What if baby can find the soother on their own? It still interrupts their sleep even if they have to wake up and find the soother. And most babies will still need some help every now then.

So the bottom line is the soother needs to go if you want sleep to improve.

Most parents are nervous to get rid of the soother because it is their crutch too. But within a few days, parents report it is so liberating not having to worry about the soother.

Early Mornings


How to deal with an early bird!

You might be surprised to hear it all starts with bedtime.

• Ensure the bedtime feed is before bath or at the beginning of the routine and your little one is wide awake for the feed.

• Ensure baby is going down wide awake all on her own.

• Ensure baby is not at all overtired.

• If baby wakes between 5am-6am it is best to stay out of the room if at all possible. Seeing mom or dad is just too stimulating and now they know you are awake too, so there is usually no going back to sleep. They think it is party time!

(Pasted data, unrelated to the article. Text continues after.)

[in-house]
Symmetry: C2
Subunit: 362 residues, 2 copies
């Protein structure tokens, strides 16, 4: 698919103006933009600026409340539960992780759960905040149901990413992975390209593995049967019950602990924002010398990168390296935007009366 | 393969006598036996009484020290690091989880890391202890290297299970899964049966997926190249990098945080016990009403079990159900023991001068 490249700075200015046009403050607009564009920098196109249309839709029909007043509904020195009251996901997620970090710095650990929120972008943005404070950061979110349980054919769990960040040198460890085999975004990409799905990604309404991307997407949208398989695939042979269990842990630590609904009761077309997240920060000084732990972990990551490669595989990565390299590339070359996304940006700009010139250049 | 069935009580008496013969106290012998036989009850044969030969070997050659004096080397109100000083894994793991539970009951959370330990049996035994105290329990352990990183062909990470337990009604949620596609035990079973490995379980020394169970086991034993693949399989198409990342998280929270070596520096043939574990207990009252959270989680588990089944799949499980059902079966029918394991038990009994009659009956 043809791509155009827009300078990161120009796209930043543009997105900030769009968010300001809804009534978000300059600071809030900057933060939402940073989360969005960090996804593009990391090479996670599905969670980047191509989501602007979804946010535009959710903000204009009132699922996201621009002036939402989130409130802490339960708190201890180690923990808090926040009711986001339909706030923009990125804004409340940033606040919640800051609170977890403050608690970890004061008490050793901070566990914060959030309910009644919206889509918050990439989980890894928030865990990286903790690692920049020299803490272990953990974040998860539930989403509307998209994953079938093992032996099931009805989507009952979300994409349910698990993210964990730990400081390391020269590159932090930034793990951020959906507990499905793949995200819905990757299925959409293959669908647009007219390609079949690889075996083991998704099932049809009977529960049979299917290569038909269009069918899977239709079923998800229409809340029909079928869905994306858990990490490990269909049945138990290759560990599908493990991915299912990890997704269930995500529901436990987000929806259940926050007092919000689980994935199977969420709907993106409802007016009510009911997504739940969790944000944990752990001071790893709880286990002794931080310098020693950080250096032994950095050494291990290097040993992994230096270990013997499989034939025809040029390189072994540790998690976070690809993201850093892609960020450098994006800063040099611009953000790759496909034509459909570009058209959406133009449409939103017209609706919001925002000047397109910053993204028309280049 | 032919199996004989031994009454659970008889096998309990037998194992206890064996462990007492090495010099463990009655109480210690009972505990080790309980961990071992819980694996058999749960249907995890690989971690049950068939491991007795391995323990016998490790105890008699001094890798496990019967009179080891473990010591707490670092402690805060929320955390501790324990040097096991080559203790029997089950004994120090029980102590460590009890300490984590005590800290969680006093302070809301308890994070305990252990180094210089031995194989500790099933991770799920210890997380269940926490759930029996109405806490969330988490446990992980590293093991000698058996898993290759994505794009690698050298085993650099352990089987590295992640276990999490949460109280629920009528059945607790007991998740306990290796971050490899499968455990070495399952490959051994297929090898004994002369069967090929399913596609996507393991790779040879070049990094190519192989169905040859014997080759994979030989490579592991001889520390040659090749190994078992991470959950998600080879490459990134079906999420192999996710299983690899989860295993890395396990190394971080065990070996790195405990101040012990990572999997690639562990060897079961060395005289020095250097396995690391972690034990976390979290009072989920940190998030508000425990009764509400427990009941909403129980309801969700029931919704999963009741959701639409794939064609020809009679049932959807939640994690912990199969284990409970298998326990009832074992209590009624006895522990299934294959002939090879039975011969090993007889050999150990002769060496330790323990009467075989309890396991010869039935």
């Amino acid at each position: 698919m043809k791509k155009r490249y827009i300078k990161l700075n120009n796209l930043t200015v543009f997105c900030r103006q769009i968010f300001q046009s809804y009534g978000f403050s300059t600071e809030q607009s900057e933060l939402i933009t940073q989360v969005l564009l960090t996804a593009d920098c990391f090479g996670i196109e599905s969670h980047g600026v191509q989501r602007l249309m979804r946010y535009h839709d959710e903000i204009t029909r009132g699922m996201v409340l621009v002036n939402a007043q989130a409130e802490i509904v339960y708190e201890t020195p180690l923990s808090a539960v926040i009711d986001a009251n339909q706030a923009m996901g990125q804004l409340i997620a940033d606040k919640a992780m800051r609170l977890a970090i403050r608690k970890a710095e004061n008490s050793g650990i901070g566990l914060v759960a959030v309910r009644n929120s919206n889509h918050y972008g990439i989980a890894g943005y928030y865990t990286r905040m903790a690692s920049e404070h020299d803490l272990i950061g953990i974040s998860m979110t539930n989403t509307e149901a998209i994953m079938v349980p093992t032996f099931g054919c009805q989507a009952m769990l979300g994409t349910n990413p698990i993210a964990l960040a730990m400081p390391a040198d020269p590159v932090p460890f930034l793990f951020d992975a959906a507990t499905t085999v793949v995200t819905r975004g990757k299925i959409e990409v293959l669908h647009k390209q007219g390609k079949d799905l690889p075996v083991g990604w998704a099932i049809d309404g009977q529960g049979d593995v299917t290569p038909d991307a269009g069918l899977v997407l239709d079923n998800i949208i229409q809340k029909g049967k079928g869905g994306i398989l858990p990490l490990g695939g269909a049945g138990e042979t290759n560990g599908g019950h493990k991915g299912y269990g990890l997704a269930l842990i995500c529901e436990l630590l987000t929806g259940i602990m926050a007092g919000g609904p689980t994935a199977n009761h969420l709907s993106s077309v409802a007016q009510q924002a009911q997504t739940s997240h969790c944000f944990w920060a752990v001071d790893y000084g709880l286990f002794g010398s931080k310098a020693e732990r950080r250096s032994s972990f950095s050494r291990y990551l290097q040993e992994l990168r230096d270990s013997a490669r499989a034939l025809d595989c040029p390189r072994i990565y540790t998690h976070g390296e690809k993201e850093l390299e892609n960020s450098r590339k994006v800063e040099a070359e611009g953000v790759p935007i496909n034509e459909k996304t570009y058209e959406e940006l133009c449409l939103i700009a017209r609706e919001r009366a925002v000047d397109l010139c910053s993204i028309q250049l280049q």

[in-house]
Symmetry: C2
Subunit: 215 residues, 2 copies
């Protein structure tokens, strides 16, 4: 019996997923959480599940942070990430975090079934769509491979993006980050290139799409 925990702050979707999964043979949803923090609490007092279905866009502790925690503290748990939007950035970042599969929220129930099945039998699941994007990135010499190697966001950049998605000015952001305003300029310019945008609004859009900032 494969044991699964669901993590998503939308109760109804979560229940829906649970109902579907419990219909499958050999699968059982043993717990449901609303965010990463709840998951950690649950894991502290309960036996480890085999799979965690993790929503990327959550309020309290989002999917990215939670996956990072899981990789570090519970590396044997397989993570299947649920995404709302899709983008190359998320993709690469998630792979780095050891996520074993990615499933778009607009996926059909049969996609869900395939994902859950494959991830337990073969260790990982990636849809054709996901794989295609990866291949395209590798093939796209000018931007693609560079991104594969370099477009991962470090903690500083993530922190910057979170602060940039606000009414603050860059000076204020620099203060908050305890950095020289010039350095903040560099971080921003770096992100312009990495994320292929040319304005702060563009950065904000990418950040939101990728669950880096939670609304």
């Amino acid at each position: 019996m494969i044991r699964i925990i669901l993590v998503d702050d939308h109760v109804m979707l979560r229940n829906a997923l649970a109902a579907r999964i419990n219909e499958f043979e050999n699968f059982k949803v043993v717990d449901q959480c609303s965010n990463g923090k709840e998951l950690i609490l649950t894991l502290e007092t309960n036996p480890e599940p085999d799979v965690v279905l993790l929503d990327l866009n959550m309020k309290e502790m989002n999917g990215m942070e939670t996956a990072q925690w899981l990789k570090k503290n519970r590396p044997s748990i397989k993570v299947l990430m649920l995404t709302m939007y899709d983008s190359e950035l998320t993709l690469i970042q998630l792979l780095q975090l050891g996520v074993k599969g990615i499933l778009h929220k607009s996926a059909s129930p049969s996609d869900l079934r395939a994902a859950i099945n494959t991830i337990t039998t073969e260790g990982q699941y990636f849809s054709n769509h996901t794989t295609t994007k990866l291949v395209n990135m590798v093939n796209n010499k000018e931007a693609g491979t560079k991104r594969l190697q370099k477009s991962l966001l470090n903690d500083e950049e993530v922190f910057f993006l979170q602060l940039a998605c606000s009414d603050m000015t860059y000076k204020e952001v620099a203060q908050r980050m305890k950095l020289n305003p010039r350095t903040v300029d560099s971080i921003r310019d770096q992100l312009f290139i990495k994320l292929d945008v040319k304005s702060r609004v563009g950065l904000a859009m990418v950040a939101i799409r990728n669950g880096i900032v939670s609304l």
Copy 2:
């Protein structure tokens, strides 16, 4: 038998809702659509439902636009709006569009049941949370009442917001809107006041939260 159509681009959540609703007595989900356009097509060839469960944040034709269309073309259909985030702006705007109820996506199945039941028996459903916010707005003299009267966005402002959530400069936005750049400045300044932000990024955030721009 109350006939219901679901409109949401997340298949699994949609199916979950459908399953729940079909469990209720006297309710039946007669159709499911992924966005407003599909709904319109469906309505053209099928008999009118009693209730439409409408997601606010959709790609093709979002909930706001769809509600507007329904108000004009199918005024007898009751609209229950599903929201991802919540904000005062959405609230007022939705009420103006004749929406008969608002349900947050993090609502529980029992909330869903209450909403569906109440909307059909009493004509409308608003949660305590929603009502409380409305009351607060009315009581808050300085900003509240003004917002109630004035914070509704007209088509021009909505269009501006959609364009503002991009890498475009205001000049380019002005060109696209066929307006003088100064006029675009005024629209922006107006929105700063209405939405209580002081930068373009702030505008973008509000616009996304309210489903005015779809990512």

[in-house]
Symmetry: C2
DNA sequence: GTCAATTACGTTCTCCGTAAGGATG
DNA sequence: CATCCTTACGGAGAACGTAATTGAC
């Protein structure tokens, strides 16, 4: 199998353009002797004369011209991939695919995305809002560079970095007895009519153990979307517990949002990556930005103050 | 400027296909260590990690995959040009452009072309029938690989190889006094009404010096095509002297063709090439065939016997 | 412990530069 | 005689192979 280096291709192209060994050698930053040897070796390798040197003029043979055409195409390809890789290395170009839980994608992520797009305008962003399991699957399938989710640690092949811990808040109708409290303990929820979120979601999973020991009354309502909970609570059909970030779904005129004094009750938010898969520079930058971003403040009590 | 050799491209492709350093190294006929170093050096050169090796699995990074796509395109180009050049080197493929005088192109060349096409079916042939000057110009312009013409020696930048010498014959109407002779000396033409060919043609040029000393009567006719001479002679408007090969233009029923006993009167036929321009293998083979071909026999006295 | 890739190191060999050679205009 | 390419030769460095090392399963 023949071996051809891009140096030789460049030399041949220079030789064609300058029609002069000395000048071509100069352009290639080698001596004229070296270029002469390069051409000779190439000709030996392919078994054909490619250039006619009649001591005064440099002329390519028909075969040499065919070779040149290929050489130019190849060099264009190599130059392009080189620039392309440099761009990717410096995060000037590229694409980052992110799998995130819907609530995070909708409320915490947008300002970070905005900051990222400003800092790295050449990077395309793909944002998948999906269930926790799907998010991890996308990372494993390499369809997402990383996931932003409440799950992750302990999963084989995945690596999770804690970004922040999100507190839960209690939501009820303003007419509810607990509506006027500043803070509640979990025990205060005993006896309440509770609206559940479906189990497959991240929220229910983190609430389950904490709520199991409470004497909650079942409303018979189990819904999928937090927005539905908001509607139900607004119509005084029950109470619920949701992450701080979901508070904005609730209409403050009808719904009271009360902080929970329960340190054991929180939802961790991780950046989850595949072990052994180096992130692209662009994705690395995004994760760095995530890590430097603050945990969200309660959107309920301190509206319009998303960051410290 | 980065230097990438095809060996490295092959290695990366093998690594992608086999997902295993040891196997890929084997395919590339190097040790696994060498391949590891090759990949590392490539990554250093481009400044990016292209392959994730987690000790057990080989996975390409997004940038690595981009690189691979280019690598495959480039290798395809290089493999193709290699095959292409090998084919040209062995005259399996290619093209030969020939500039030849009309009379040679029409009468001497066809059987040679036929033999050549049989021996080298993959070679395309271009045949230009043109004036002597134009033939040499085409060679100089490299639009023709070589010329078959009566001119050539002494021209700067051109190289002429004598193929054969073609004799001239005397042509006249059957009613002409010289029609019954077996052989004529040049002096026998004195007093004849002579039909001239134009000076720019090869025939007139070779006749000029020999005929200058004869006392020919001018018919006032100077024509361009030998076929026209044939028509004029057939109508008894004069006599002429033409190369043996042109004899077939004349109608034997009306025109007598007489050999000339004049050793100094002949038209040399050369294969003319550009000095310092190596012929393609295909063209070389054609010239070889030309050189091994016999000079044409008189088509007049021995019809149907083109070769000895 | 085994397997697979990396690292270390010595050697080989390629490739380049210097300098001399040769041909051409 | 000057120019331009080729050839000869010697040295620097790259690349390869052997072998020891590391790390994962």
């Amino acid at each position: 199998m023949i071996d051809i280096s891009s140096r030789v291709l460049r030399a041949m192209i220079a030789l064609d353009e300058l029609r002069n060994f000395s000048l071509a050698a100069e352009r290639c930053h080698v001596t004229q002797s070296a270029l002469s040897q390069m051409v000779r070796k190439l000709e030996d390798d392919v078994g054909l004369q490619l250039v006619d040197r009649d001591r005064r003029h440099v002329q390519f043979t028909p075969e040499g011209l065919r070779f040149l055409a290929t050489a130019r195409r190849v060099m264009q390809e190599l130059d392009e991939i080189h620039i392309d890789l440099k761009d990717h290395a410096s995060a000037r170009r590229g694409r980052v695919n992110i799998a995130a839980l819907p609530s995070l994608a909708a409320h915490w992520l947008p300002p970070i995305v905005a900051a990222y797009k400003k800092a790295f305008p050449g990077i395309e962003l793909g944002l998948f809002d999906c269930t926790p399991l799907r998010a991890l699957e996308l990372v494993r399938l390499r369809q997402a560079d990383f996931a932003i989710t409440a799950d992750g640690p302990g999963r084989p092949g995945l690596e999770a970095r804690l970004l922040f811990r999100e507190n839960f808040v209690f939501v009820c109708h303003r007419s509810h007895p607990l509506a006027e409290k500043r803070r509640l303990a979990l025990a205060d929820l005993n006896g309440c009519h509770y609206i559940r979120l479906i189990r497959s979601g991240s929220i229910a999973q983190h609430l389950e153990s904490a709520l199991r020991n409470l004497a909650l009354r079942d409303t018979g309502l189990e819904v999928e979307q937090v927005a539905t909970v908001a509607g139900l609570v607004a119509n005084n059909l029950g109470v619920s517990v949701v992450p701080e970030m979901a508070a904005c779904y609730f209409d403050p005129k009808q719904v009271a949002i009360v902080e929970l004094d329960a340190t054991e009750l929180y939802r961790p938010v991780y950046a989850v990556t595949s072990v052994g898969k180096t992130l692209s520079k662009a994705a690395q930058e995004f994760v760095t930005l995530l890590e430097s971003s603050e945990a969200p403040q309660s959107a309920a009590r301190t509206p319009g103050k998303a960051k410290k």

• Wait until a minimum of 6am to take baby out of the crib.
• Ensure the room is pitch dark and you are using white noise to drown out all of those early morning noises like Dad getting ready for work.
• It can take 4-6 weeks of being super consistent before your baby’s body clock is reset and he starts sleeping in later.

Night Wakings


For all night wakings, even it is feeding time, give your little one 10-12 minutes to try to go back to sleep on their own. Because they went to sleep on their own at bedtime, this is a realistic expectation. If they have not gone back to sleep and it is not feeding time, then use the same strategy your did at bedtime: either come and go or sit and support until they go back to sleep. The first night or two the wakings may be long, but if you are consistent your baby will catch on pretty quickly. You should start seeing progress in 2-3 nights and the average for sleeping through the night is on night 5.

Night Feeds